Research shows that in the US, smartphone features are driving interest in connected car features -- particularly music and navigation.
According to Parks Associates, 33 percent of US broadband households want the ability to listen to their music libraries in their cars, and there is also a growing demand for navigation, vehicle performance and diagnostics features and, of course, hands-free phone access. However, only 16 percent are interested in in-car online video access, even for their passengers.
"One-third of car owners, and over 50% of luxury car owners, now have connected-car capabilities, and most of them use the features on at least a monthly basis," said Jennifer Kent, Senior Analyst, Parks Associates. "The ability to play MP3 files on the car stereo is most common by far, but communication features such as the ability to listen to texts/email read aloud are becoming more popular. Twenty percent of U.S. vehicle owners in broadband households have this feature."
As well as turning their noses up at video, half of driving households surveyed aren't interested in website access or the ability to access news apps.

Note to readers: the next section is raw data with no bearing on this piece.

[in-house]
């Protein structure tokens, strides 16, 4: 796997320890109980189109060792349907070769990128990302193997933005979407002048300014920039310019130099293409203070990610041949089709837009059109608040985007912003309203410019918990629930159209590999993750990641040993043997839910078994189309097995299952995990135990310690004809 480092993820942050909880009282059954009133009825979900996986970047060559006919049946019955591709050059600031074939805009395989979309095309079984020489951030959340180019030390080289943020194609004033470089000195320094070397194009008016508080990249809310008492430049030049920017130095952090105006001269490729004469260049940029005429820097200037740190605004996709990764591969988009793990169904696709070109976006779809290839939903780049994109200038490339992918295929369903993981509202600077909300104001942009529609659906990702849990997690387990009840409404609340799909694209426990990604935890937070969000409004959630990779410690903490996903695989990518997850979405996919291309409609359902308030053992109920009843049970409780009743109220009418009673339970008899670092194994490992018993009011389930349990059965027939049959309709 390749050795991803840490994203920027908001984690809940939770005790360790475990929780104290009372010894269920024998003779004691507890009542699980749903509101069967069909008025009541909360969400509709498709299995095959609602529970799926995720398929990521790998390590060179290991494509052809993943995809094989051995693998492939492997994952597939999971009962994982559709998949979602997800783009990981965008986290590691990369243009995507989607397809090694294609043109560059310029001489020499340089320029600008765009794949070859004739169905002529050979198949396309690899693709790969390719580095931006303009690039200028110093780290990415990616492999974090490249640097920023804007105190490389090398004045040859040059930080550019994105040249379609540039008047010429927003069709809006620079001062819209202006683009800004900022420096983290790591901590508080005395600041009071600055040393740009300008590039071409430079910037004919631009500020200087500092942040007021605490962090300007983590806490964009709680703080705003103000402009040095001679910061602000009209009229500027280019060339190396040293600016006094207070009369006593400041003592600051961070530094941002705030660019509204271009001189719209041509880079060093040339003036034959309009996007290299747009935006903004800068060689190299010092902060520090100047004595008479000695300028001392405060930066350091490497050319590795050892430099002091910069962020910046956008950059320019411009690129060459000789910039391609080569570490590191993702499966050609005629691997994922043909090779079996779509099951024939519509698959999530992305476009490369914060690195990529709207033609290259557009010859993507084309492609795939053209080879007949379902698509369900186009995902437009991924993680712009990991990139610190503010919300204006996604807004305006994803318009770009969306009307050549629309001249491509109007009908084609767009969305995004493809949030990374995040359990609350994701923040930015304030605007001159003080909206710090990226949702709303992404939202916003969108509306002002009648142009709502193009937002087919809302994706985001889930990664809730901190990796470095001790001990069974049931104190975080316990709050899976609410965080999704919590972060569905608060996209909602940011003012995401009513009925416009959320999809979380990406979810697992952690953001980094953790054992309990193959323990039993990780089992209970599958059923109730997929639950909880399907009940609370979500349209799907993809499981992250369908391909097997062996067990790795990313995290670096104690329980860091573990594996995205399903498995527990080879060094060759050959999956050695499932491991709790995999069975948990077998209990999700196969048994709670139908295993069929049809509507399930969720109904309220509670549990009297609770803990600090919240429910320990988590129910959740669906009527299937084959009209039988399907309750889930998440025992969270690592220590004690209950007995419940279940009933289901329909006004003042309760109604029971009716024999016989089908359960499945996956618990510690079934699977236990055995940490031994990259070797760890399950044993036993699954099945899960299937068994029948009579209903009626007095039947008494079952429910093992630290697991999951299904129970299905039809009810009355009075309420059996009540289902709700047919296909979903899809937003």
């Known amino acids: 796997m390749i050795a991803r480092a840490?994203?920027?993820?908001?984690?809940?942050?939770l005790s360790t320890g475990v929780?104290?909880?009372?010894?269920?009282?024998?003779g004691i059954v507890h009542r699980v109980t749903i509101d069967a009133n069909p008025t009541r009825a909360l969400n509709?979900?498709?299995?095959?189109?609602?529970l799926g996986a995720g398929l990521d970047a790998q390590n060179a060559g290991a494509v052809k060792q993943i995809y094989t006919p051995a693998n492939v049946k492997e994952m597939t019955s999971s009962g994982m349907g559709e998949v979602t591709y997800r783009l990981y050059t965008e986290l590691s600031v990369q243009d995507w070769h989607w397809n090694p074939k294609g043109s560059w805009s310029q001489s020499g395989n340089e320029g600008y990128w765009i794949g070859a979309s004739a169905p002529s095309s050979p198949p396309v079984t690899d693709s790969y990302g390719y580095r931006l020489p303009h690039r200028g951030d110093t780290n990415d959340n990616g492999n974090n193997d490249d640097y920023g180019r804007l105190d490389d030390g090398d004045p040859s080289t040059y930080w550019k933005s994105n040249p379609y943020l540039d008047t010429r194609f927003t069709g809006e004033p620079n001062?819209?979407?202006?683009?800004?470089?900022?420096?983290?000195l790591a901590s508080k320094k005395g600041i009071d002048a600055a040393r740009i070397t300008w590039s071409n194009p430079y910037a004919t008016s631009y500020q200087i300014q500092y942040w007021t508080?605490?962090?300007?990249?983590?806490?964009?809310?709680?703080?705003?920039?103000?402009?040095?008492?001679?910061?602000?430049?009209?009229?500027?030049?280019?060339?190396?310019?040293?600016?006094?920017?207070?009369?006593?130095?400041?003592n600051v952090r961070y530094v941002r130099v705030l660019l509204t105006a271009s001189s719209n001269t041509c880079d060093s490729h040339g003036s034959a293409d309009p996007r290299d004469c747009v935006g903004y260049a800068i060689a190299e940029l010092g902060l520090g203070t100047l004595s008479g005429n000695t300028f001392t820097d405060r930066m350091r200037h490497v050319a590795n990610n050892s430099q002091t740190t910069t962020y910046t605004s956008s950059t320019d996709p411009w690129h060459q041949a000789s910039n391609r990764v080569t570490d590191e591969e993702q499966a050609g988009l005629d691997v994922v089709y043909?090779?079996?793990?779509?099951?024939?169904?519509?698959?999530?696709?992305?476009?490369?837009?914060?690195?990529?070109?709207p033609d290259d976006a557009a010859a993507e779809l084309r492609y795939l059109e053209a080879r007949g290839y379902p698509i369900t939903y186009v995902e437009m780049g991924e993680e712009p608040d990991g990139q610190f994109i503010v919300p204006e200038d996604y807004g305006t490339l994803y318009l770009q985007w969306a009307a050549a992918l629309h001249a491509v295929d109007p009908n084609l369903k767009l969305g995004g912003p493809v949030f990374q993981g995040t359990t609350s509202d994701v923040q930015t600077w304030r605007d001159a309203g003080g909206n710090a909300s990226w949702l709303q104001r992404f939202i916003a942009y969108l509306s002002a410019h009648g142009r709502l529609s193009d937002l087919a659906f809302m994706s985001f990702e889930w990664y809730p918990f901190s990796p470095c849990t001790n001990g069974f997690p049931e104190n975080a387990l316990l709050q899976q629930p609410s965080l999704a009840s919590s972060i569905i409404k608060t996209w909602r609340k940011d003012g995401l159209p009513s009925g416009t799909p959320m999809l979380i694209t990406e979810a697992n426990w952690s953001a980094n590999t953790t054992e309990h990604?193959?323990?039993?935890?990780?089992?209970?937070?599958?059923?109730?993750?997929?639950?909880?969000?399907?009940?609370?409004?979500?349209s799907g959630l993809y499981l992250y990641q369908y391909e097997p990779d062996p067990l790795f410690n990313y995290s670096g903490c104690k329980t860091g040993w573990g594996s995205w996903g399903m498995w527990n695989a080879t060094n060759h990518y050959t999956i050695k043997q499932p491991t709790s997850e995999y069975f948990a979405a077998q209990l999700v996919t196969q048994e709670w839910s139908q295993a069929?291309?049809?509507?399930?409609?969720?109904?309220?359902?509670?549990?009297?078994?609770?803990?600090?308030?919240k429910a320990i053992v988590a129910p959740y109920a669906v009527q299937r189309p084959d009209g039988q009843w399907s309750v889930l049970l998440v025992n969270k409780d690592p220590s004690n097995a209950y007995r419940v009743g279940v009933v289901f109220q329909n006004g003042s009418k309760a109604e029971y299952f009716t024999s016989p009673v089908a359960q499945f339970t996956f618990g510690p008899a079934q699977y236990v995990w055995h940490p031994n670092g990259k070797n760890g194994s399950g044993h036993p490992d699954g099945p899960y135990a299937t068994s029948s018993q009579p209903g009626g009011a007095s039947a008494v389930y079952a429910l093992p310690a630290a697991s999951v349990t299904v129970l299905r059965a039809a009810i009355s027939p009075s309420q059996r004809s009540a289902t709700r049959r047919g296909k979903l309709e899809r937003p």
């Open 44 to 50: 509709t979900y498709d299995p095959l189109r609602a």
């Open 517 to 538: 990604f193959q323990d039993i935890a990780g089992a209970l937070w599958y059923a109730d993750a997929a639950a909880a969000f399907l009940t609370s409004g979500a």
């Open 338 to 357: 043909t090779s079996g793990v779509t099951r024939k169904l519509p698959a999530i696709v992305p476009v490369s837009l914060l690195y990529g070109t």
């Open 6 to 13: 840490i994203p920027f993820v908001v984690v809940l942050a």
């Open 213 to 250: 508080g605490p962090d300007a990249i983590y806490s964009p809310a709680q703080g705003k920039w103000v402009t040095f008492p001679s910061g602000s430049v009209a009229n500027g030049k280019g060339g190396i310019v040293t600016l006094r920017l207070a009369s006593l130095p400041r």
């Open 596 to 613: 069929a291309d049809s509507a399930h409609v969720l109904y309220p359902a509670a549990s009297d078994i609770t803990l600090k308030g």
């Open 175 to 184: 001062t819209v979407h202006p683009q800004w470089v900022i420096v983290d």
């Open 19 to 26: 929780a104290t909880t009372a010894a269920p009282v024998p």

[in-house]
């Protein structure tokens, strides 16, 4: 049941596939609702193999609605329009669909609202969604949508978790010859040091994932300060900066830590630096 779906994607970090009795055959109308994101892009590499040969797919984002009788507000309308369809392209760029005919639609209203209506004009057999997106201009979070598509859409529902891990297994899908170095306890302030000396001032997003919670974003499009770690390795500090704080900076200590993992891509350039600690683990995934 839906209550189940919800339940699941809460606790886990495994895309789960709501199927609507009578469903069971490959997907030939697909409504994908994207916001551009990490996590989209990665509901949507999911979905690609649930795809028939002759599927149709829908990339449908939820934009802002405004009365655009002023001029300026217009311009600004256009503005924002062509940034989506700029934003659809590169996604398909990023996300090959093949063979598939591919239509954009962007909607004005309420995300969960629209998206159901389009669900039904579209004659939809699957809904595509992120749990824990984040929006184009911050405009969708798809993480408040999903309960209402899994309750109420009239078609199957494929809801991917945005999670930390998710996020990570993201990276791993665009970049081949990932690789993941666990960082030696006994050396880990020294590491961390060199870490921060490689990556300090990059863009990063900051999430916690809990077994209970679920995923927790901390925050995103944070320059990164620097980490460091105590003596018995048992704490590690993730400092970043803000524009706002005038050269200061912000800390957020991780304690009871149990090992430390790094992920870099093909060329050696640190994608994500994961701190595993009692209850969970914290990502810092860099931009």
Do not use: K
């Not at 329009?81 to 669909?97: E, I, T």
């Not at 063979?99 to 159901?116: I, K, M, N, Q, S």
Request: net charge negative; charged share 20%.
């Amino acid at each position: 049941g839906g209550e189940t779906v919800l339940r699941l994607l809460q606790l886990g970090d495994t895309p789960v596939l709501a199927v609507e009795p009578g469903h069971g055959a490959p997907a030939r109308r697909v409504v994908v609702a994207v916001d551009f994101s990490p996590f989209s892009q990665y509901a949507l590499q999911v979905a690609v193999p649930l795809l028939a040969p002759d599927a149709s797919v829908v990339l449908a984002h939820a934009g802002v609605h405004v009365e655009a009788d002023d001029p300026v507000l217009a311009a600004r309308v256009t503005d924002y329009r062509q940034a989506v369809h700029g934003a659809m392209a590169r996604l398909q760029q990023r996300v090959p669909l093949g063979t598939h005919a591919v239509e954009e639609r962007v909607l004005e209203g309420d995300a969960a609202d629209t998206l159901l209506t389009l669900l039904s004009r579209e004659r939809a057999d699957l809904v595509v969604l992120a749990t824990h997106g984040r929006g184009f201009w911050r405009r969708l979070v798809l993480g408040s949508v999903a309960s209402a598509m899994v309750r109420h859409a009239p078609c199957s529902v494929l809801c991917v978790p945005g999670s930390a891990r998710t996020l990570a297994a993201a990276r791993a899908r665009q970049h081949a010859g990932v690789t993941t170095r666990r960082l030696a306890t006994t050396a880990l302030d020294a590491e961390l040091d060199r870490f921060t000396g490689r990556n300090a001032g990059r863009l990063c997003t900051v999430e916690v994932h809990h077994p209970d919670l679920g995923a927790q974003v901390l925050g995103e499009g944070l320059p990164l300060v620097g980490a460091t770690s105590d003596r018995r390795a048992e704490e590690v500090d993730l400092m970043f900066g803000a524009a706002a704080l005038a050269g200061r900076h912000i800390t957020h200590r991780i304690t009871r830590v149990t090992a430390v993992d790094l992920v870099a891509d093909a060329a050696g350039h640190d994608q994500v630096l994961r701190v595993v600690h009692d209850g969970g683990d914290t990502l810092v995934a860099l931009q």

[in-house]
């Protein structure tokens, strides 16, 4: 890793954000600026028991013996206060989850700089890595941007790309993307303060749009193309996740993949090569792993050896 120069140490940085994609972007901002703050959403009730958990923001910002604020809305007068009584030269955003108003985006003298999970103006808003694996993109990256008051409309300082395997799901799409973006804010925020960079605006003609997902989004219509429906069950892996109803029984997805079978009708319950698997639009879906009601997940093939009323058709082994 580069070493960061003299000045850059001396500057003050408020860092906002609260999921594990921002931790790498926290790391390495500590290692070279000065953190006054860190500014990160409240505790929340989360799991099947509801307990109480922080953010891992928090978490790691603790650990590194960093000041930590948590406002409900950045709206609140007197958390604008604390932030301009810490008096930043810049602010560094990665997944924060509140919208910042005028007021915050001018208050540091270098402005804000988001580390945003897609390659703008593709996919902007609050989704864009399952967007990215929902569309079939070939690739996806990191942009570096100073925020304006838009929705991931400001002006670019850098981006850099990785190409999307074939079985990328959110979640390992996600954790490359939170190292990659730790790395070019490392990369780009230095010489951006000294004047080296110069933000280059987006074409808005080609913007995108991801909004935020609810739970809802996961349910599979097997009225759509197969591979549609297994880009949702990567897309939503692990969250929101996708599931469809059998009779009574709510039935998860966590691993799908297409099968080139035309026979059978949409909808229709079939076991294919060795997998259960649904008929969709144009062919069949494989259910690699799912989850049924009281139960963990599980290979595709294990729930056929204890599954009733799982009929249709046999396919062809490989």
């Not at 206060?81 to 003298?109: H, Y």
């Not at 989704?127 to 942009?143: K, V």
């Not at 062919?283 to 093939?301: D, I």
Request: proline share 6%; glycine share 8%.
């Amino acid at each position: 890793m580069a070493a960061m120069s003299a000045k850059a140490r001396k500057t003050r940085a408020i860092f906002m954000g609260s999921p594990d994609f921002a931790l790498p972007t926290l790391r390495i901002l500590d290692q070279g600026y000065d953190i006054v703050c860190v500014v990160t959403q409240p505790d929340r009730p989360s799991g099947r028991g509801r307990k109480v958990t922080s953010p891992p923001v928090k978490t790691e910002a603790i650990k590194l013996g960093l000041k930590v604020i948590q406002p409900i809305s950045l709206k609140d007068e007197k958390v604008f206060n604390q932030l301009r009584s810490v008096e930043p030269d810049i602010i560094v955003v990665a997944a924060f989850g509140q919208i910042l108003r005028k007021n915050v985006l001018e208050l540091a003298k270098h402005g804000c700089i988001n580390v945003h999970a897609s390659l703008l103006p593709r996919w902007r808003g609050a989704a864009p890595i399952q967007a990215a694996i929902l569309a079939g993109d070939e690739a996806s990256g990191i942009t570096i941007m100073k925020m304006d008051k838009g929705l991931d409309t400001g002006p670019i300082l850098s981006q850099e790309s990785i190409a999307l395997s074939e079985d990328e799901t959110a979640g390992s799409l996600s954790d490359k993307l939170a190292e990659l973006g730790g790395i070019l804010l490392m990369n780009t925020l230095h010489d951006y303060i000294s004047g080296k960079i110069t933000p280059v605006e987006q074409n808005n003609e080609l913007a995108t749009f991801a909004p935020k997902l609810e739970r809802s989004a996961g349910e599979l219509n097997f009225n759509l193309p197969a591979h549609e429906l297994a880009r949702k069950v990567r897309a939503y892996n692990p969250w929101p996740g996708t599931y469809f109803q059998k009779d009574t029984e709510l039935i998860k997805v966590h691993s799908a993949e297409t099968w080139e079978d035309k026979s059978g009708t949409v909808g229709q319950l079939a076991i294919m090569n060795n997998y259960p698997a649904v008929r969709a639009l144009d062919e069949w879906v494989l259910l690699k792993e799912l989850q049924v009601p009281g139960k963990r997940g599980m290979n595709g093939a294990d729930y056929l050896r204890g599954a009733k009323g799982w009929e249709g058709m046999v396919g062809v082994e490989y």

"The rapid growth in smartphone adoption combined with the development of a robust app industry has educated consumers on the benefits and possibilities of in-car connectivity," Kent said. "Smartphone owners are far more likely to value connected car capabilities, and roughly three-quarters of those valuing connected car capabilities have smartphones."
According to ABI Research, by 2018, 50 percent of all new cars will feature Apple's connected car technology -- iOS in the Car, which enables a driver to mirror his or her iPhone and many of its apps on a vehicle's dashboard screen for a combination of touchscreen and voice-activated access to everything from music libraries to turn-by-turn navigation, search queries and message dictation. The first car ever to feature the technology, the 2014 Honda Civic, will go on sale in the US this December.
Earlier this month, German carmaker, Audi announced that its new A3 sedan, which goes on sale in the US this spring, will be the first car ever to offer an integrated 4G LTE high-speed internet hotspot which will enable passengers to stream HD video to their phones, tablets or notebooks while providing the driver with more detailed, faster and more graphics-rich navigation information.
Although initially aimed at improving in-car entertainment and information, Audi hopes that in the future, the internet connection will enable cars to communicate with each other and with road infrastructure to avoid accidents and congestion.